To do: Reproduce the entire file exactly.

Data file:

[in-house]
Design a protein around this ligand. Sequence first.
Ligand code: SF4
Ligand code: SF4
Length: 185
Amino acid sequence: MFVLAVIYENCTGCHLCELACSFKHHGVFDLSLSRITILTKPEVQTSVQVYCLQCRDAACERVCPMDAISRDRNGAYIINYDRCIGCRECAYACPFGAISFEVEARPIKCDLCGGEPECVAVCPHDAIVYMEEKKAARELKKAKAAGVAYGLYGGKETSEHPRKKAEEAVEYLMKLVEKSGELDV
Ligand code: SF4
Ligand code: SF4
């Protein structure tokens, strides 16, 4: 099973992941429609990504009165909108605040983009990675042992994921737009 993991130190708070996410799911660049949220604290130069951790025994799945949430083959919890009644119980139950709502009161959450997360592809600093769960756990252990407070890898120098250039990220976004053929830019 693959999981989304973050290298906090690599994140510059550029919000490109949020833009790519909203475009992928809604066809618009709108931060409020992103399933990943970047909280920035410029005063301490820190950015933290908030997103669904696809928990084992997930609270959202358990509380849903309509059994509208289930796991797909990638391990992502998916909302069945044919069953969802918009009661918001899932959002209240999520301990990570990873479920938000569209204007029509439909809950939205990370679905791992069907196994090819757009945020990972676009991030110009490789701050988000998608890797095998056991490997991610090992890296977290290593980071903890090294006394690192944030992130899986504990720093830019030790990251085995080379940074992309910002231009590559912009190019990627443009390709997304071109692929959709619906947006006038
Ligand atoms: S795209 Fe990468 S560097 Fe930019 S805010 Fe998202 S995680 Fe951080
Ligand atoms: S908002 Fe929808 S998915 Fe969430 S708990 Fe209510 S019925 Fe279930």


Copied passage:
[in-house]
Design a protein around this ligand. Sequence first.
Ligand code: SF4
Ligand code: SF4
Length: 185
Amino acid sequence: MFVLAVIYENCTGCHLCELACSFKHHGVFDLSLSRITILTKPEVQTSVQVYCLQCRDAACERVCPMDAISRDRNGAYIINYDRCIGCRECAYACPFGAISFEVEARPIKCDLCGGEPECVAVCPHDAIVYMEEKKAARELKKAKAAGVAYGLYGGKETSEHPRKKAEEAVEYLMKLVEKSGELDV
Ligand code: SF4
Ligand code: SF4
């Protein structure tokens, strides 16, 4: 099973992941429609990504009165909108605040983009990675042992994921737009 993991130190708070996410799911660049949220604290130069951790025994799945949430083959919890009644119980139950709502009161959450997360592809600093769960756990252990407070890898120098250039990220976004053929830019 693959999981989304973050290298906090690599994140510059550029919000490109949020833009790519909203475009992928809604066809618009709108931060409020992103399933990943970047909280920035410029005063301490820190950015933290908030997103669904696809928990084992997930609270959202358990509380849903309509059994509208289930796991797909990638391990992502998916909302069945044919069953969802918009009661918001899932959002209240999520301990990570990873479920938000569209204007029509439909809950939205990370679905791992069907196994090819757009945020990972676009991030110009490789701050988000998608890797095998056991490997991610090992890296977290290593980071903890090294006394690192944030992130899986504990720093830019030790990251085995080379940074992309910002231009590559912009190019990627443009390709997304071109692929959709619906947006006038
Ligand atoms: S795209 Fe990468 S560097 Fe930019 S805010 Fe998202 S995680 Fe951080
Ligand atoms: S908002 Fe929808 S998915 Fe969430 S708990 Fe209510 S019925 Fe279930």